Dutchman. Amiri Baraka. CHARACTERS. CLAY, twenty‐year‐old Negro. LULA, thirty‐year‐old white woman. RIDERS OF COACH, white and black. The Dutchman and The Slave Community Note includes chapter-by-chapter summary and analysis, character list, theme by Imamu Amiri Baraka, LeRoi Jones. The Logic of Retribution: Amiri Baraka’s. Dutchman. Nita N. Kumar, Professor of English at Shyama Prasad. Mukherji College, University of Delhi, has a Ph.D. in.
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The play, which won an Obie Award. Dutchman was the last play produced by Baraka under his birth name, LeRoi Jones. At the time, he was in the process of divorcing his Jewish wife, Hettie Jonesand embracing Black Nationalism. Dutchman may be described as a political allegory depicting black and white relations during the time Baraka wrote it.
The action focuses almost exclusively on Lula, a white woman, and Clay, a black man, who both ride the subway in New York City. Clay’s name is symbolic of the malleability of black identity and black manhood. It is also symbolic of integrationist and assimilationist ideologies within the contemporary Civil Rights Movement. The characters engage in a long, flirtatious conversation throughout the train ride.
Lula sits down next to Clay. She accuses him of staring at her buttocks. She ignores his denials and uses stereotypes to correctly guess where he lives, where he is going, what Clay’s friend, Warren, looks and talks like. Lula guesses that Clay tried to get his own sister to have sex with him when he was Clay is shocked by her apparent knowledge of his past and says that she must be a friend of Warren.
Lula is glad that Clay is so easy to manipulate and puts her hand on his leg. She feeds him apples.
She tells Clay to dutchma her out to the party he is going to. At this point, it is unclear whether Clay is really going to a party, but he tells her he really is.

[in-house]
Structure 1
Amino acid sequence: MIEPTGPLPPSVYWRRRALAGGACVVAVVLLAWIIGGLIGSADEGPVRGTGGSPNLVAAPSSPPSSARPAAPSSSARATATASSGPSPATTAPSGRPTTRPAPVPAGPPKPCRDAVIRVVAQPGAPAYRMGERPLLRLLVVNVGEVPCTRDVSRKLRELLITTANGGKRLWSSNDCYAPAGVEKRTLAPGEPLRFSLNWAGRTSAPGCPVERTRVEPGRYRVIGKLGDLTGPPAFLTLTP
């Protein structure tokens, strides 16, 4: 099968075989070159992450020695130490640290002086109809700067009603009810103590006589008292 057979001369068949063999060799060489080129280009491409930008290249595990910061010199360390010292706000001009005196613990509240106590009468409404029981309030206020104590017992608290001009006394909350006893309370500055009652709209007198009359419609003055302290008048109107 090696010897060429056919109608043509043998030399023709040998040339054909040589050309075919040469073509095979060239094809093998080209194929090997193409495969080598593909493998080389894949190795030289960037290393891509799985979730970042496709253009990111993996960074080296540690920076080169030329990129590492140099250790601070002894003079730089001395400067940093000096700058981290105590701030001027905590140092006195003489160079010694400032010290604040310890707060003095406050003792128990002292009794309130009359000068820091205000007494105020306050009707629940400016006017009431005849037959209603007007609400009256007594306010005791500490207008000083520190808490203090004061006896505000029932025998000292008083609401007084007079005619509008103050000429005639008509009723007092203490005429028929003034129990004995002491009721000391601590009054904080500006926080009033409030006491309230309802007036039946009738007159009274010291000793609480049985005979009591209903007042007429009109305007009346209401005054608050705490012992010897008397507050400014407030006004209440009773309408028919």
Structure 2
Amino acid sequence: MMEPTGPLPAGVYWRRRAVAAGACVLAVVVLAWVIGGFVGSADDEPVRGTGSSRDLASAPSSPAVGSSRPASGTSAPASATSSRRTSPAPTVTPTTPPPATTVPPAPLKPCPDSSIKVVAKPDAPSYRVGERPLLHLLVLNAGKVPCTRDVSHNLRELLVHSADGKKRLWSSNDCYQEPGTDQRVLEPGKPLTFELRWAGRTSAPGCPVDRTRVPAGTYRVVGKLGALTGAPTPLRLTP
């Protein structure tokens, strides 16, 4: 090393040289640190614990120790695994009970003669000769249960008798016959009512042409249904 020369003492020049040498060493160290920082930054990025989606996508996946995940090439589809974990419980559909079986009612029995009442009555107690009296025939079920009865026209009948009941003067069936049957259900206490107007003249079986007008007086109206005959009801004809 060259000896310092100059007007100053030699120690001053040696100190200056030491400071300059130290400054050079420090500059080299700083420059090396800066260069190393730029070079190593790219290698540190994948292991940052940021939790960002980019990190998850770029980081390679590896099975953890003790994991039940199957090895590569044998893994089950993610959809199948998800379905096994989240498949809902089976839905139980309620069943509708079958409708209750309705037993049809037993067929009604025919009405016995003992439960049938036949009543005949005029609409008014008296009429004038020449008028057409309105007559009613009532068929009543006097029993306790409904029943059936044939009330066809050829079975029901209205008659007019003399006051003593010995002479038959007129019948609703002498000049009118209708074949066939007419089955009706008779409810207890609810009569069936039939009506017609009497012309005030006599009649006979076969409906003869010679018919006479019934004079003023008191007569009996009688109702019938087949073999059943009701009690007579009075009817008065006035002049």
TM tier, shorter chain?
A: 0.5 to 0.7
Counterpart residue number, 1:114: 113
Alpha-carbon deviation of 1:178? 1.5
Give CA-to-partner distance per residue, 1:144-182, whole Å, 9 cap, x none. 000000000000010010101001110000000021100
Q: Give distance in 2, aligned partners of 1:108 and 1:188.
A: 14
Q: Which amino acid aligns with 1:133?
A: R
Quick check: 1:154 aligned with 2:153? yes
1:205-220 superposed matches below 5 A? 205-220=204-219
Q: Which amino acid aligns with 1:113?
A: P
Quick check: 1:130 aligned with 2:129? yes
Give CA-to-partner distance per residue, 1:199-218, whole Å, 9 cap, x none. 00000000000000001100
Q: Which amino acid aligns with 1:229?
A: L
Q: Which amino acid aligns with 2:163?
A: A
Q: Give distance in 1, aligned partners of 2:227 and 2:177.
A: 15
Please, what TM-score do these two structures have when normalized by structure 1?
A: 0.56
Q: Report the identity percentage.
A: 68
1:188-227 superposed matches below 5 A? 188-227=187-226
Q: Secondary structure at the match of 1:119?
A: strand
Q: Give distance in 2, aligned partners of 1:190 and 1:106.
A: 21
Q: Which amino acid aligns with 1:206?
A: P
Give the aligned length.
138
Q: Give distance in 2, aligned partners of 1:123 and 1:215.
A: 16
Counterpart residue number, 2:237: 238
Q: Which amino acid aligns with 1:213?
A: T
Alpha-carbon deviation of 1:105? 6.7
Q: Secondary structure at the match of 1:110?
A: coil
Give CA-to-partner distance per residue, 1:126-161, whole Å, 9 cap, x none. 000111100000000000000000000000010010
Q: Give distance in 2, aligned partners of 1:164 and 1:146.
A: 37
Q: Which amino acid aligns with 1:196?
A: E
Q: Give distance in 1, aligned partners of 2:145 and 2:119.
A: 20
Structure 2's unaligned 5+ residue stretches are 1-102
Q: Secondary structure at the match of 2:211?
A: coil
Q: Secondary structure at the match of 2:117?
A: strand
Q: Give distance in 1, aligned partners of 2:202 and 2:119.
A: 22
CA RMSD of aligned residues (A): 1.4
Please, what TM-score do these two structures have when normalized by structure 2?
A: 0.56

Lula vaguely alludes to having sex with Clay at her “apartment” after the “party”. We don’t know if these are real or conveniently made-up by Lula. Clay is gladdened by Lula’s apparent liking for him and maintains a hopeful attitude to having sex together.
However, he does not push his hope onto her and waits for Lula to make the offer first. Lula is angered by Clay’s not falling for her manipulative tactics.
She switches strategies and mocks Clay’s Anglo-American speech, his college education and barakka three-button suit. She derides his being black and passive. Clay, who does not respond initially, eventually grabs her and throws her down. Clay accuses Lula of knowing nothing but “luxury”.
He slaps her twice and tells her to leave him alone. Clay launches into a monologue. Clay suggests that whites let black people dance “black” dances and make dutchmn music.
He explains that these segregatory actions assuage black Americans’ anger towards whites and distracts them from accessing the “white man’s intellectual legacy”. Clay states that if black people stopped trying to heal their pain through dance, music, civic participation, religion, or focusing on moving upwards in American society, and became dutchmah rational like white people, black people would just kill all the whites and be done with racism baraks America. Clay says that if he were to take Lula’s words to heart, he should just kill all the white people he meets.
Although Clay says all this, he deeply rejects this plan of action. He states that he does not want to kill and that he prefers to be ignorant of the problem. He says he would rather choose to pretend to be ignorant of racism, not try to get rid of it by fighting with whites.
Once Clay makes his confession, Lula changes strategies again. Clay makes as if to leave, but Lula coolly, rationally, stabs him twice to the heart. She directs all the other passengers, blacks and whites, in the train car to throw his body out and get out at the next stop. The play ends with Lula looking towards another young black man who has dutchkan boarded the garaka mostly empty train car. The elderly black dutcjman conductor steps into the compartment and tips Lula his hat.
The play’s title evokes images of Dutch ships that carried slaves across the Atlantic. From Wikipedia, the free encyclopedia.
Dutchman | play by Baraka |
Books and Writers kirjasto. Archived from the original on May 4, Amiri Baraka as political satirist”African American Review Amiri Baraka’s “Dutchman” and the Book of Proverbs”. Retrieved from ” https: Views Read Edit View history.